Shrimp trollers lined the walkway to the three waterfront dinning options, we choose the one uniquely connected to Virginia; interesting lineage Berkeley Plantation and better food.  Unique Iced Teas, crabmeat, mango, guacamole appetizer, incredible live music and fresh fish and shrimp!  We enjoyed the evening, but the setting sun was cooling the evening beyond our tolerance.  Tomorrow we fight the wind…..but that is tomorrow!

Day 6. Friday April 20 – Corpus Christi to Aransas Pass, Texas

Saturday 21 April 2018

Though we saw the sun rise from our balcony, it was not shinning when we pushed away at 7:30 this morning; but the wind did show up.  Our first seven mile stretch was past beautiful homes overlooking the Corpus Christi Bay; some looking like second homes with hurricane shutters still on.  We got a break from the wind when the homes lined both sides of the street and the constant scenery helped to distract from the wind.

Our direction today went from southeast to northeast, so the 20 mph east wind always found us.  The causeway that connects Corpus Christi to the barrier island was particularly challenging, thankfully we had a frontage road for half of it and on one bridge a bike path.  But the one mile long high-rise bridge going over the intracoastal was hairy, directly into the wind with a one foot shoulder and very heavy traffic.

We were happy to have arrived safely on Padre Islandyet feeling as beaten up as this flag.  This island is the longest (70 miles) undeveloped barrier island in the world, except for one block of tourist stuff.  As we turned north the homes and business dropped from view.  Our road was away from the water, the dunes just high enough to block our view of the Gulf, but the rest of the land very low.  We reached the outskirts of Port Aransas at 27 miles, it would take us almost ten more before we actually got to town.  Small clusters of condos and homes both large and smallwere scattered among the sand dunes; some showing damage from last fall’s Hurricane Harvey.  Once in the cute little town, hurricane damage was even more evident.  We took the three minute ferry ride over the narrow pass heavily trafficked by tankers and massive oil rigs.  Once across, we turned with the wind and sailed our last six miles over yet another causeway and bridge.  As we checked into the hotel, we met Annita (check out her web site on the area) who invited us to join her and her husband for dinner.  They took us to a wonderful waterfront restaurant serving delicious fresh seafood, cajun shrimp and scallops with pasta.  Chuck gave us a tour of the protected harbor and the spot where his office as harbormaster stood before Harvey.  Soon this peninsula will blossom with homes, condos, boat slips and a park with beautiful views of the intercostal.  They were delightful company, full of great insights on the area and how devastating Harvey’s 150 mph had affected this small town.  We enjoyed the evening, but needed to rest.  It was a tough 47 miles in the wind, today and if the weatherman is correct, tomorrow will be a long ride.  As a note, the distance we covered today was 22 miles, as the crow.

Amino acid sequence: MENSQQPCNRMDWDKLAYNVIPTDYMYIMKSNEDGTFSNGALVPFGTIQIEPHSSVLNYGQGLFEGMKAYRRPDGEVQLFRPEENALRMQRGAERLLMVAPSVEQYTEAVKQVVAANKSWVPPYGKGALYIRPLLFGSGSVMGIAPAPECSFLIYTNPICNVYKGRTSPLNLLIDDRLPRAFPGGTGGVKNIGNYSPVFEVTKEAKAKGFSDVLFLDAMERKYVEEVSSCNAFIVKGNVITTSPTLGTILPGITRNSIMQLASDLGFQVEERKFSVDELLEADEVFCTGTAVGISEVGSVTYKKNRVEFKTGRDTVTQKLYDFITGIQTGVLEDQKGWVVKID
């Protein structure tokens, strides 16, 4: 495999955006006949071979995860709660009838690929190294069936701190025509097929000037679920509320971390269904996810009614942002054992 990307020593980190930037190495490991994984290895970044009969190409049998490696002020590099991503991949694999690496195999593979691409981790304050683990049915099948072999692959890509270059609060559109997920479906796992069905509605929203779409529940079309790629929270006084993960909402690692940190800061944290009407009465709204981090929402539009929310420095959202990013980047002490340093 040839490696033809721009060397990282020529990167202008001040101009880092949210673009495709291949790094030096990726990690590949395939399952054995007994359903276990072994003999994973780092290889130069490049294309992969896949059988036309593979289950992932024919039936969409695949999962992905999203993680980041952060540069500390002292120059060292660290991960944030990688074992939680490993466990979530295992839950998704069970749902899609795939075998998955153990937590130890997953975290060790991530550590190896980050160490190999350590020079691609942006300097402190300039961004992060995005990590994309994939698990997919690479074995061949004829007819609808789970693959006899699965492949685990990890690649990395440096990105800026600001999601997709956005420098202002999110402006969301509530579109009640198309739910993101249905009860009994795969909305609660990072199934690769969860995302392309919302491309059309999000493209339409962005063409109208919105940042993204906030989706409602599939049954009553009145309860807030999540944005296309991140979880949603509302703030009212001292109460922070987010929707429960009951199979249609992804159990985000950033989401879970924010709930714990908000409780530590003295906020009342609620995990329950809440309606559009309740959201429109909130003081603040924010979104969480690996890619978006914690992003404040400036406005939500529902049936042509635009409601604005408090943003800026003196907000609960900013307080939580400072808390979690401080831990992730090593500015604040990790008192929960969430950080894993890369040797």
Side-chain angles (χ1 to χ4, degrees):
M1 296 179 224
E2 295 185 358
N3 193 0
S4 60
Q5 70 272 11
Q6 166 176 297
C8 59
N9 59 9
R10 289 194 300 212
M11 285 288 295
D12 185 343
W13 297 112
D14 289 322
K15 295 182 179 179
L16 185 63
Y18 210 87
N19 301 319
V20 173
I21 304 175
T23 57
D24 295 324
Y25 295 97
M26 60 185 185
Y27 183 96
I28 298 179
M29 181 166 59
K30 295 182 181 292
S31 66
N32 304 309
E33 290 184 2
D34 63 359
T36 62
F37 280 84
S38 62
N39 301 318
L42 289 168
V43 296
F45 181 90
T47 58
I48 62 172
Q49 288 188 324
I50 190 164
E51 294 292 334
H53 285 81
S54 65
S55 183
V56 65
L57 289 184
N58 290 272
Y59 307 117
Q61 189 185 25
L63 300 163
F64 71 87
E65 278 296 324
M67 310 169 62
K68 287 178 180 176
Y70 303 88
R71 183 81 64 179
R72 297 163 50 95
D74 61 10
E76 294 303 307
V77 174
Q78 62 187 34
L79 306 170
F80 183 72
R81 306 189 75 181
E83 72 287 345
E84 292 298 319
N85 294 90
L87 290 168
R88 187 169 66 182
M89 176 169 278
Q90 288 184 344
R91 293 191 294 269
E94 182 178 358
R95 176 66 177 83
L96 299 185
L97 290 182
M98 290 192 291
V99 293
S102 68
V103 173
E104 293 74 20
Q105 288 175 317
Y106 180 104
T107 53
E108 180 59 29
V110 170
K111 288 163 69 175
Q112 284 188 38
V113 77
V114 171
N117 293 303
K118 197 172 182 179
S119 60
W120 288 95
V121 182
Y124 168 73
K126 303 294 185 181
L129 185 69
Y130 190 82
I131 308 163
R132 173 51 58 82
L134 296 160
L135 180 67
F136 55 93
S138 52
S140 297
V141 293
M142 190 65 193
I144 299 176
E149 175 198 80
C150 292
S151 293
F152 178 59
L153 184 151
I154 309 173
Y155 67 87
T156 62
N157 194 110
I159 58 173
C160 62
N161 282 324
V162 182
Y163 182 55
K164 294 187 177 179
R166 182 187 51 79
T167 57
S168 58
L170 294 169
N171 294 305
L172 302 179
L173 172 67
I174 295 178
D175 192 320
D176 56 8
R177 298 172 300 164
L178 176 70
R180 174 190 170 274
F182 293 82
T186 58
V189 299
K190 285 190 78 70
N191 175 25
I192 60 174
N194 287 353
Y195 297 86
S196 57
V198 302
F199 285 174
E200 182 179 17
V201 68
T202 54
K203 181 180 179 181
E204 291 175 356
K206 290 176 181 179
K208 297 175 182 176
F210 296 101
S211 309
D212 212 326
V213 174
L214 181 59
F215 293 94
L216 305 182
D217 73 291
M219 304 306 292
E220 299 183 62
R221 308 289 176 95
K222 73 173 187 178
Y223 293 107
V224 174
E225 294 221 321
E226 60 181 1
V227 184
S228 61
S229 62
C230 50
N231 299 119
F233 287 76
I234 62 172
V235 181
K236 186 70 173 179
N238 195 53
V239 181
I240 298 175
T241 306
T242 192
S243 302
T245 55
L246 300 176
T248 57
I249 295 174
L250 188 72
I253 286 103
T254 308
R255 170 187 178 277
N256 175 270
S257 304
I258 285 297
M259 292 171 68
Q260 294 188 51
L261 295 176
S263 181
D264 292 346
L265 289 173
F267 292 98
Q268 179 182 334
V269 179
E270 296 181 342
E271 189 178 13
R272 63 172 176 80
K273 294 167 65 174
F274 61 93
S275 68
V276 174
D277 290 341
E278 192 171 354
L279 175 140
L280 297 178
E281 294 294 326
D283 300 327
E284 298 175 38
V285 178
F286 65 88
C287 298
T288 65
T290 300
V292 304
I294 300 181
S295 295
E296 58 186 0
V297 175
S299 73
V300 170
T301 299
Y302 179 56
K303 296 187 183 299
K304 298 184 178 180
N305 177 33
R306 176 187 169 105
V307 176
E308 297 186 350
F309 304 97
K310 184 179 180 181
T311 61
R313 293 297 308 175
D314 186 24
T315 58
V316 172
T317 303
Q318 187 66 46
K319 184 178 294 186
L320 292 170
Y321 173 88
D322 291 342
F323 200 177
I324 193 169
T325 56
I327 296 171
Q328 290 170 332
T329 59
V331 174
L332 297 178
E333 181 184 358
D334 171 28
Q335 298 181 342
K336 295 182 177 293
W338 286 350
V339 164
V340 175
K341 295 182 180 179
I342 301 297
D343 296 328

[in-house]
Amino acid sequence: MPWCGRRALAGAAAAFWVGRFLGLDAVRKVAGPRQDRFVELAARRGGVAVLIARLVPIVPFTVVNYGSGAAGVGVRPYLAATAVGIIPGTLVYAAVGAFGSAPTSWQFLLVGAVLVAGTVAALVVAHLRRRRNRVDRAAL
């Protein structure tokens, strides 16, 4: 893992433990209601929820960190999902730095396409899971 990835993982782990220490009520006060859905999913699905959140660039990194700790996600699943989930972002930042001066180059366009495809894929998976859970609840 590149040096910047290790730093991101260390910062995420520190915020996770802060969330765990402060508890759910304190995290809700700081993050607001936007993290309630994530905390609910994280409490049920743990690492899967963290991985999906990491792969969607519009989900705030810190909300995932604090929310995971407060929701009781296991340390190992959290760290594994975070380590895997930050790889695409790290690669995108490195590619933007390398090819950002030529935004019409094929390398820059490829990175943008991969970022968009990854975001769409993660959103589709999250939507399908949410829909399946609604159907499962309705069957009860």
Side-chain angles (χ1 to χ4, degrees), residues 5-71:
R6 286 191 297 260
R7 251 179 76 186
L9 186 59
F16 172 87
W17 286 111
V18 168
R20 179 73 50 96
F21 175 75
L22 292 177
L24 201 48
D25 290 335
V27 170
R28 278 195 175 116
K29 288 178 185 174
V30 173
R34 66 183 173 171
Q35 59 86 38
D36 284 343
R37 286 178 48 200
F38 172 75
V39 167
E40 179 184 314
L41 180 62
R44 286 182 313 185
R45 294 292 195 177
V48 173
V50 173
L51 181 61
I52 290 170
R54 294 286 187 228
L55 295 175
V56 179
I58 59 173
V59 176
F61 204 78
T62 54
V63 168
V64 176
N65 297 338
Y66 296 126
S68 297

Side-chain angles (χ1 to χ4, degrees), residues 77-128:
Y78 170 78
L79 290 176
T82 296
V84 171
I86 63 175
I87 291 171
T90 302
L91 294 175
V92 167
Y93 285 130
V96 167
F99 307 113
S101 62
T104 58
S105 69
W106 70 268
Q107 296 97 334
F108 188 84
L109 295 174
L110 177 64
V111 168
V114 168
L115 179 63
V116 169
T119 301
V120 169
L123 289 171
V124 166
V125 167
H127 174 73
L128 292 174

Day 7. Saturday April 21 – Aransas Pass to Port Lavaca, Texas

Saturday 21 April 2018